Netsehet came to Ethiopia for family reasons but never thought that she’d come back and run a business here. It was difficult at first because she thought that it would take only about six months to make profit she told the audience. To her surprise the business couldn’t make profit for the first there years. From this experience, she learned that she needed to be fully focused to run a business. At first she didn’t focus on what needed to be focused on, like finance. For example, she tore out a check once because she didn’t think it was important to keep it. But Netsehet learned a lot of things along the way.

Besides recruitment and placement of HR, LonAdd prepare s job seekers how to be employable and provides trainings to many individuals. Netsehet feels part of her contribution is developing the Human Capital and matching it to the right employers. When it works, Netsehet says it gives her utmost satisfaction—an impetus for continuing and bettering her crafts. “When I see where we started and where we are today, I understand that we are definitely on the right track”. Today, LonADD has also branches in Dukem and Hawassa.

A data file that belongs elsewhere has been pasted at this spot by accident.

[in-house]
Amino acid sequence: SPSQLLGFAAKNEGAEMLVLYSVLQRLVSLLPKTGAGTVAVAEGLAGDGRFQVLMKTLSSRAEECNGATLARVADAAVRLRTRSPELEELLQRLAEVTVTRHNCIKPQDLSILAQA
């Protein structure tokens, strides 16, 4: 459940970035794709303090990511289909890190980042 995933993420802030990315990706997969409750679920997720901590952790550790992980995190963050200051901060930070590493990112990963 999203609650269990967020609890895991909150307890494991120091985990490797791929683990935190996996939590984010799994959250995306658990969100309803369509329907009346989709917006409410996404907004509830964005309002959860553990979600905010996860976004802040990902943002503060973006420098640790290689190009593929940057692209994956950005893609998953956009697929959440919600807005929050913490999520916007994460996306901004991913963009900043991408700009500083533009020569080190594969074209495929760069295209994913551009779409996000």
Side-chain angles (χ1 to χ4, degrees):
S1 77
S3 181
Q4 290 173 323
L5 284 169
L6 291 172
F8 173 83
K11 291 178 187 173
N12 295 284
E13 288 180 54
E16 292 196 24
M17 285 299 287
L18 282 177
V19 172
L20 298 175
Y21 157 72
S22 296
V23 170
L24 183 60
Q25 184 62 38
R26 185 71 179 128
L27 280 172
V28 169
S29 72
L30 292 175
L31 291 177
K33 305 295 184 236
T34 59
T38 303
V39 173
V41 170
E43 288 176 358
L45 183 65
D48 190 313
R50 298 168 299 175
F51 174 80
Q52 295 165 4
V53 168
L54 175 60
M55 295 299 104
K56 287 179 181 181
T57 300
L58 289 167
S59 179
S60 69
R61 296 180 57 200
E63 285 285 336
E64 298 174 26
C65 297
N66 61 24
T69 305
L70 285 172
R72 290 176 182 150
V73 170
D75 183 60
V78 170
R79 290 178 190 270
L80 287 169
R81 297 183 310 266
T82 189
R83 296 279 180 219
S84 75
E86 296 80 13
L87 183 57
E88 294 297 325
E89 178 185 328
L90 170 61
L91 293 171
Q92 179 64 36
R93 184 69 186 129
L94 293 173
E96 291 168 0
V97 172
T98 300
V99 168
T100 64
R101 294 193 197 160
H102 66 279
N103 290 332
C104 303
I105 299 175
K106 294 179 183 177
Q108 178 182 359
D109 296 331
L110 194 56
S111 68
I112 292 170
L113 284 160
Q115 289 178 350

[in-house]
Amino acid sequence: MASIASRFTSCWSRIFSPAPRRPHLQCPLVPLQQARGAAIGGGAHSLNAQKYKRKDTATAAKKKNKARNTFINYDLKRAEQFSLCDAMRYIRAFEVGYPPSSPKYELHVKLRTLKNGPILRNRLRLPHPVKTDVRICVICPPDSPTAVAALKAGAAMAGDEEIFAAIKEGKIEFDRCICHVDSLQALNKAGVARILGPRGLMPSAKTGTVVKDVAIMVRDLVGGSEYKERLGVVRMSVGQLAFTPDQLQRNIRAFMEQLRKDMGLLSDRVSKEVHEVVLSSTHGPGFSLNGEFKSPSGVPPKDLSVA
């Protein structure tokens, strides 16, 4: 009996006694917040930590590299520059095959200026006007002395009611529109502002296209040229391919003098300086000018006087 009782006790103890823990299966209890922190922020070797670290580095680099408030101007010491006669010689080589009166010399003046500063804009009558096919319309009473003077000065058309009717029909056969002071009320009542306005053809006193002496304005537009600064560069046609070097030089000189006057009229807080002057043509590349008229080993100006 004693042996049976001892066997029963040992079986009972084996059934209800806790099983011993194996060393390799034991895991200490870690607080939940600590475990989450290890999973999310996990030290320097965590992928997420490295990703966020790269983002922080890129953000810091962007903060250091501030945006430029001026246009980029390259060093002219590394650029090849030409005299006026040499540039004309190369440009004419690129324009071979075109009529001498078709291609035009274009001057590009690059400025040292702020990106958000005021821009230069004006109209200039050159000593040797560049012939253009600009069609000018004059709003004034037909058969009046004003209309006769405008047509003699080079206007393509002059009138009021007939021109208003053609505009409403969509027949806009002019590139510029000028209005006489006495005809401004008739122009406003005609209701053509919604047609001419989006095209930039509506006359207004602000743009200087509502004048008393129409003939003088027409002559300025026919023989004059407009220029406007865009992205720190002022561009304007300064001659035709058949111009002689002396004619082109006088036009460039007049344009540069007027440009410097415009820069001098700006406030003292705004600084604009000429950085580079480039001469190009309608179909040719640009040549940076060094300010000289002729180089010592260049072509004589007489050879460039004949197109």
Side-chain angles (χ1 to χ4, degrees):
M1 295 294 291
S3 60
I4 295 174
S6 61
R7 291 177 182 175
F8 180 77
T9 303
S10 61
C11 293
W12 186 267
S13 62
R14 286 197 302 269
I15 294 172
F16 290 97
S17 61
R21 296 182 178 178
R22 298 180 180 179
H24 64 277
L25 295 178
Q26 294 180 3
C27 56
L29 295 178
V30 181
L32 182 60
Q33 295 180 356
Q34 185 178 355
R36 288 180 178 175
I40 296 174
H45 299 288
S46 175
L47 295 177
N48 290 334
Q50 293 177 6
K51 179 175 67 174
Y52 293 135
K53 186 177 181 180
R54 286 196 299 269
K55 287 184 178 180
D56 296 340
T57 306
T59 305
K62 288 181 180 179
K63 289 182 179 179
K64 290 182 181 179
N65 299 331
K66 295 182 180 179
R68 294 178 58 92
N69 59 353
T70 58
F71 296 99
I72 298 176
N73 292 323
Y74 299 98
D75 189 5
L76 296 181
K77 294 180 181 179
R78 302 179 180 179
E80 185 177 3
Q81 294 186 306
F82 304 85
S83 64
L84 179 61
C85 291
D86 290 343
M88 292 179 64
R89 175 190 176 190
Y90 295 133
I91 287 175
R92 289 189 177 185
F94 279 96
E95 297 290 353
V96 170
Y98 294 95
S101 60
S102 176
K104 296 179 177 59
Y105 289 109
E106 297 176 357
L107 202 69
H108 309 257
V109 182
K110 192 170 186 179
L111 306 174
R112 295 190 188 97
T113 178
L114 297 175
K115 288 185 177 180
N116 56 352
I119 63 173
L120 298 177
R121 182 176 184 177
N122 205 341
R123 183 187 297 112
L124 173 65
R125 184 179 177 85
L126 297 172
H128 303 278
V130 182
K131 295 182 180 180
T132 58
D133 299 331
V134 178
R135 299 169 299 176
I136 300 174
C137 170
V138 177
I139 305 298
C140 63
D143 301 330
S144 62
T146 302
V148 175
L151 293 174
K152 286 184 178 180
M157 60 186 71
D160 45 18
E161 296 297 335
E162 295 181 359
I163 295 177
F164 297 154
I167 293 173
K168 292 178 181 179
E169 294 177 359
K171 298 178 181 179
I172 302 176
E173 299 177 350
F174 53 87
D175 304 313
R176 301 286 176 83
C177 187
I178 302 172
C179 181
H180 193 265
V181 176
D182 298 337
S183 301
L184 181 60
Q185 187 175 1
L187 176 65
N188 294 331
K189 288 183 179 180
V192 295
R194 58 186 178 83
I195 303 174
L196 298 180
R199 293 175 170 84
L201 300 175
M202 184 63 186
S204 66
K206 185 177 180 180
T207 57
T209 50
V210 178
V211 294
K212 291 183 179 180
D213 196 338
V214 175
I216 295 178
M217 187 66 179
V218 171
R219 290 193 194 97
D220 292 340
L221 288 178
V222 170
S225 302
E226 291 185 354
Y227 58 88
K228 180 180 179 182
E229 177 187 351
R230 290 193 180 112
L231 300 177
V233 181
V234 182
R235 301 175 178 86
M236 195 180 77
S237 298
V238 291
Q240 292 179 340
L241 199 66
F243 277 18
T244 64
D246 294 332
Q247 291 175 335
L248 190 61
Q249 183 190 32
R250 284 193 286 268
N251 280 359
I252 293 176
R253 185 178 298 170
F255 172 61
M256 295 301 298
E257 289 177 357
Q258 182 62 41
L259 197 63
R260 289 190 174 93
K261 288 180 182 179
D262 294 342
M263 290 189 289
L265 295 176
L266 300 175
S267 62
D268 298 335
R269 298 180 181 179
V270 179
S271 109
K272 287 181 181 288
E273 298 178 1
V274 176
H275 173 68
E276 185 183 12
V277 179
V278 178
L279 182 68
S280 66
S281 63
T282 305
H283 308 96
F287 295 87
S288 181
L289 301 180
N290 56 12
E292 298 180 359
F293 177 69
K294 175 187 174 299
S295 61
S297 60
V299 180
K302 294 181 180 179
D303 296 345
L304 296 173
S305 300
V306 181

Talking about her major challenges, Netsehet explained running a business and being a mother weighed more but a challenge nonetheless she welcomed. Getting a loan had also been challenging. When LonAdd started, the banks preferred to give loans to the agricultural and manufacturing sectors. Enat Bank was the first bank that approved LonAdd’s request for a loan and she is forever grateful to Enat.

LonAdd celebrated its 10th anniversary this year. They celebrated by going to Kuriftu, touring around Addis Ababa, dancing, and donating blood. They also gave over 100,000 ETB to charity.

Netsehet wishes to see an undivided Ethiopia. She also has a vision to expand their organizations by opening up other branches in different regions of Ethiopia, and get internationally recognized for the quality service they provide.